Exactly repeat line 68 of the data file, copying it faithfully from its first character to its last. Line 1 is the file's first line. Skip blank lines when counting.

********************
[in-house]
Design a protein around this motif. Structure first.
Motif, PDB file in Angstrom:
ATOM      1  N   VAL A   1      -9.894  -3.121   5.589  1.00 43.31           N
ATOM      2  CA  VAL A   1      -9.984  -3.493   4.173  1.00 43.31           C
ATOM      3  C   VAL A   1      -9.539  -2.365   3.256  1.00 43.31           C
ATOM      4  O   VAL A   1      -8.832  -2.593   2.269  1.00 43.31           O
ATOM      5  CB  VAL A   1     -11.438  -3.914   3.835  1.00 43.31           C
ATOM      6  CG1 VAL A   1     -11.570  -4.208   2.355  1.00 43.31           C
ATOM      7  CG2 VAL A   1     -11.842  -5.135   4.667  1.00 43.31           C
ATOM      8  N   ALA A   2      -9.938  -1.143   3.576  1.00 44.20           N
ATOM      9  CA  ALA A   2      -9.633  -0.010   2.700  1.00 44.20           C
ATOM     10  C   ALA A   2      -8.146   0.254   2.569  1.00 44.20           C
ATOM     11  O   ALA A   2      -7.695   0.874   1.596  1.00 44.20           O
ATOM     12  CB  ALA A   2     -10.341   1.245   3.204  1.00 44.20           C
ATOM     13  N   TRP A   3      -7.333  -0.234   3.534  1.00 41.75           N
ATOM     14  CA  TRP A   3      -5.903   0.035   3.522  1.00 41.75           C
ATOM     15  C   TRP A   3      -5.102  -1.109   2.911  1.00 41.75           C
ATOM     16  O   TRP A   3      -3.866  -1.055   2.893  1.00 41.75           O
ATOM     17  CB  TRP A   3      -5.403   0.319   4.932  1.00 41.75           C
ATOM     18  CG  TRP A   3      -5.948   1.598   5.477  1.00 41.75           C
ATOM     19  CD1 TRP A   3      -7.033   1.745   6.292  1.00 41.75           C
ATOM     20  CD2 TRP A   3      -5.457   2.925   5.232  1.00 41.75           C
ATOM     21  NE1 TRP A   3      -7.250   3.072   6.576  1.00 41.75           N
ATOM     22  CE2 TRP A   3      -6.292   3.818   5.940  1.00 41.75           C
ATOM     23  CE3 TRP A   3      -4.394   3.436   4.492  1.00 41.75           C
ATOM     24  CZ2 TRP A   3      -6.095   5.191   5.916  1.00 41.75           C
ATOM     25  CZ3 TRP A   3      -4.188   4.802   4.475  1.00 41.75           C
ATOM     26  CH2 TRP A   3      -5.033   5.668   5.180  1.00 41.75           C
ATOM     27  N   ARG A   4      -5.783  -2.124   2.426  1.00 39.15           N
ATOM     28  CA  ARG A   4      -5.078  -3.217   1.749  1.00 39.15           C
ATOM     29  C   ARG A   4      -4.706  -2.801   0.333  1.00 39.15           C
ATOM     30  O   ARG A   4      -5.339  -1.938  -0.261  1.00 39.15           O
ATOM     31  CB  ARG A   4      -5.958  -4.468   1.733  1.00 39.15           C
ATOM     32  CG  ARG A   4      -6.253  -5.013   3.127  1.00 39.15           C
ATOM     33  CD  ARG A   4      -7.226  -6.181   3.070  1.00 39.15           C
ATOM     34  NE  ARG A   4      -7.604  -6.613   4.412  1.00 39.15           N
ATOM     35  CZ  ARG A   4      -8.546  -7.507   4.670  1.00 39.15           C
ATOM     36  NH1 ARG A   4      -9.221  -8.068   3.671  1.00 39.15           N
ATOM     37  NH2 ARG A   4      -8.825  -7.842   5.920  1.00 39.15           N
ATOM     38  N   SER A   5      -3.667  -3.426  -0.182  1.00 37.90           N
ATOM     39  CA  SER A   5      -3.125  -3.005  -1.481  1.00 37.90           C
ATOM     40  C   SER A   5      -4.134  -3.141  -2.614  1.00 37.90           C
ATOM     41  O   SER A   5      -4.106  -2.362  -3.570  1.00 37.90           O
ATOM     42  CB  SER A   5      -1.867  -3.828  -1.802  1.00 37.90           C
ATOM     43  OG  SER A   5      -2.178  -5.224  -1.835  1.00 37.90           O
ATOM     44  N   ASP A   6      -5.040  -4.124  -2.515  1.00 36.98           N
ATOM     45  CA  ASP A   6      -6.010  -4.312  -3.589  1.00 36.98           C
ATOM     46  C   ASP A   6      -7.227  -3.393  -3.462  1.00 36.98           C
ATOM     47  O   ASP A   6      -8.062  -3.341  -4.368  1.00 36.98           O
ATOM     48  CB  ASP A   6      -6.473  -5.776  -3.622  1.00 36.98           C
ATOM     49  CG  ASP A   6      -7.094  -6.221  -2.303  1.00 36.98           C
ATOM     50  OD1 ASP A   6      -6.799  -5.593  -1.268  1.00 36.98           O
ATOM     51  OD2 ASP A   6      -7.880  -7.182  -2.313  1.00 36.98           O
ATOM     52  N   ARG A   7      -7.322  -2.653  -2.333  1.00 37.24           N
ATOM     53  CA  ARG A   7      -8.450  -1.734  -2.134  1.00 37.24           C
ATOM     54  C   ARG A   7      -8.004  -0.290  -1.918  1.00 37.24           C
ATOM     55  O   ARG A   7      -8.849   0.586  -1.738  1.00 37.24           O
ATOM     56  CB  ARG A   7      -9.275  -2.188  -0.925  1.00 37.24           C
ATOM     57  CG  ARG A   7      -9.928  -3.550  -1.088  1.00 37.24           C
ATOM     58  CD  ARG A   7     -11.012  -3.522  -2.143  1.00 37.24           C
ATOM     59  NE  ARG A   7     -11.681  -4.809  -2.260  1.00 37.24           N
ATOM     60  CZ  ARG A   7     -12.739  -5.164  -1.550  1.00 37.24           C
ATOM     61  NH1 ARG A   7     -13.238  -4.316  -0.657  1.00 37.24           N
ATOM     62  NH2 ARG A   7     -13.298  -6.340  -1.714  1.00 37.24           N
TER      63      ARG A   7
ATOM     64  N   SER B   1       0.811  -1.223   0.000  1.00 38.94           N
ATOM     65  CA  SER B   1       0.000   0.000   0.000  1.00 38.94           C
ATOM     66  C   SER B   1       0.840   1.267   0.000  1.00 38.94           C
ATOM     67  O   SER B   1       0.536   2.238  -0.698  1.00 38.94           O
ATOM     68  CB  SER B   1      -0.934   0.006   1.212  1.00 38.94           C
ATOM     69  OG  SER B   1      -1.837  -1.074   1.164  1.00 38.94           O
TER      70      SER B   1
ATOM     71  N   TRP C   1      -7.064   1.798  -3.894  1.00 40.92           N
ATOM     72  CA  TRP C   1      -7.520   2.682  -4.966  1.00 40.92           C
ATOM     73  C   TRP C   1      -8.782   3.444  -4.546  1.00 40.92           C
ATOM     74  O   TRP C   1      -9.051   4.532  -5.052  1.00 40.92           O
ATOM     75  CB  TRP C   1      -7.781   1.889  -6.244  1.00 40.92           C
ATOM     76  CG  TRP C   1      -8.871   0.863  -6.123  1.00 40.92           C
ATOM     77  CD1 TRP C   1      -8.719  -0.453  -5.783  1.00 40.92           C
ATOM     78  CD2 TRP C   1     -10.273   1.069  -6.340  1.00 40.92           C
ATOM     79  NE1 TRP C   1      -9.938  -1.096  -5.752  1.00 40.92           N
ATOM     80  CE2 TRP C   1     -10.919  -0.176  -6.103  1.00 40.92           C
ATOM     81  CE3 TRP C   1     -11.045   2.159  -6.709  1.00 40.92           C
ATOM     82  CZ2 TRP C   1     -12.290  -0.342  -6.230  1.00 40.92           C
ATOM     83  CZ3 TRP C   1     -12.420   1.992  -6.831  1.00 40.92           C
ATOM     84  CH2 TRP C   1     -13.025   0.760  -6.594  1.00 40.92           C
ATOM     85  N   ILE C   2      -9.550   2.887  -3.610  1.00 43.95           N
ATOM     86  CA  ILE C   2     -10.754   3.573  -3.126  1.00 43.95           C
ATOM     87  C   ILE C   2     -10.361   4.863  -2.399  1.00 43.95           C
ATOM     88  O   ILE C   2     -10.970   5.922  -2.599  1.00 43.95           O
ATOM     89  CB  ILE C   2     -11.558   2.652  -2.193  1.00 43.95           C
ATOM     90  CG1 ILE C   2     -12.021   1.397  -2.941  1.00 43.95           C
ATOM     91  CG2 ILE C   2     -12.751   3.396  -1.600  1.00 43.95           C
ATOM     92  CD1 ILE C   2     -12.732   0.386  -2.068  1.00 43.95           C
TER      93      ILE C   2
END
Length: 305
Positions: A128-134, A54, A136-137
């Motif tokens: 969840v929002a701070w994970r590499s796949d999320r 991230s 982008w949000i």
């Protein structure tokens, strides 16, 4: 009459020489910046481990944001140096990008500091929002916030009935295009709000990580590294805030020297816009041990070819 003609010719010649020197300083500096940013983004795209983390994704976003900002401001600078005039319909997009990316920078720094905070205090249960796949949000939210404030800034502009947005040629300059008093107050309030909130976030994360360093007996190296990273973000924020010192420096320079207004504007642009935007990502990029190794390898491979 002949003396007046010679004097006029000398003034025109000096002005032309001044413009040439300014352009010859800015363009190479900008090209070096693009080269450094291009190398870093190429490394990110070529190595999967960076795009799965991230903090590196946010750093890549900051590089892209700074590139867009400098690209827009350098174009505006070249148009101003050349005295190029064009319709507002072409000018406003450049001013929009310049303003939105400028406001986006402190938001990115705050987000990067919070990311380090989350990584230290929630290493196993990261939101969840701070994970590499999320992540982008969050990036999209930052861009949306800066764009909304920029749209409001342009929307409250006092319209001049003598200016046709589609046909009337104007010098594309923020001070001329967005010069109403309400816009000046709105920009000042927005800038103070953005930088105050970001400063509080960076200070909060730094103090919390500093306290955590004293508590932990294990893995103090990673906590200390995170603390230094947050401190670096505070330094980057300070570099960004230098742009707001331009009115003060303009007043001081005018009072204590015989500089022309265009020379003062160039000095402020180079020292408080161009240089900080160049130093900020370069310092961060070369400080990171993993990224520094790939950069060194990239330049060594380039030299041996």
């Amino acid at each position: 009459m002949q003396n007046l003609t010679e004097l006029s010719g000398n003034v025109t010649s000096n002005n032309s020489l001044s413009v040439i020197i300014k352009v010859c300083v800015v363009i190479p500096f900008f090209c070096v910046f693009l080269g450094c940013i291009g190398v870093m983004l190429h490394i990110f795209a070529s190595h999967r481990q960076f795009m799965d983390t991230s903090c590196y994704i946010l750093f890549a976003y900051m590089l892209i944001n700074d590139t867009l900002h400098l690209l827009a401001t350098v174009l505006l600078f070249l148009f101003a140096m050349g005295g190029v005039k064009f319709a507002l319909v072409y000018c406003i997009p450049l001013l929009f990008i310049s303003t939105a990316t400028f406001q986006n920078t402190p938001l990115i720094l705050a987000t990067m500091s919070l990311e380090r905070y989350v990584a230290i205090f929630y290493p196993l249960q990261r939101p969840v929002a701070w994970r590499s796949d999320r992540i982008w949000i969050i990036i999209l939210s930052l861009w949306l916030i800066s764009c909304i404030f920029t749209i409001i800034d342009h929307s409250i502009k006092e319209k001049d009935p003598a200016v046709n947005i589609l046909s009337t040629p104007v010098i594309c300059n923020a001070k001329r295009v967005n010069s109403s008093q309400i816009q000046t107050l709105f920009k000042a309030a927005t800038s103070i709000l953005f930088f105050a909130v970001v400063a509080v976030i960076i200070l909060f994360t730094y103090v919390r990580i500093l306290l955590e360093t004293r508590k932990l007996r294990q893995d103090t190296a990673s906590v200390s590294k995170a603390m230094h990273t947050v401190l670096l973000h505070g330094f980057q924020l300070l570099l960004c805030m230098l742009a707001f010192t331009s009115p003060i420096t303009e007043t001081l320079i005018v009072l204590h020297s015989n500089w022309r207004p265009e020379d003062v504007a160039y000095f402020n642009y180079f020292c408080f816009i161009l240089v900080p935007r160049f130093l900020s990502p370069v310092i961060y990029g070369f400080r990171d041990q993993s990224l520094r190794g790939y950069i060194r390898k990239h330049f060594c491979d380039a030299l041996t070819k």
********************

ATOM     65  CA  SER B   1       0.000   0.000   0.000  1.00 38.94           C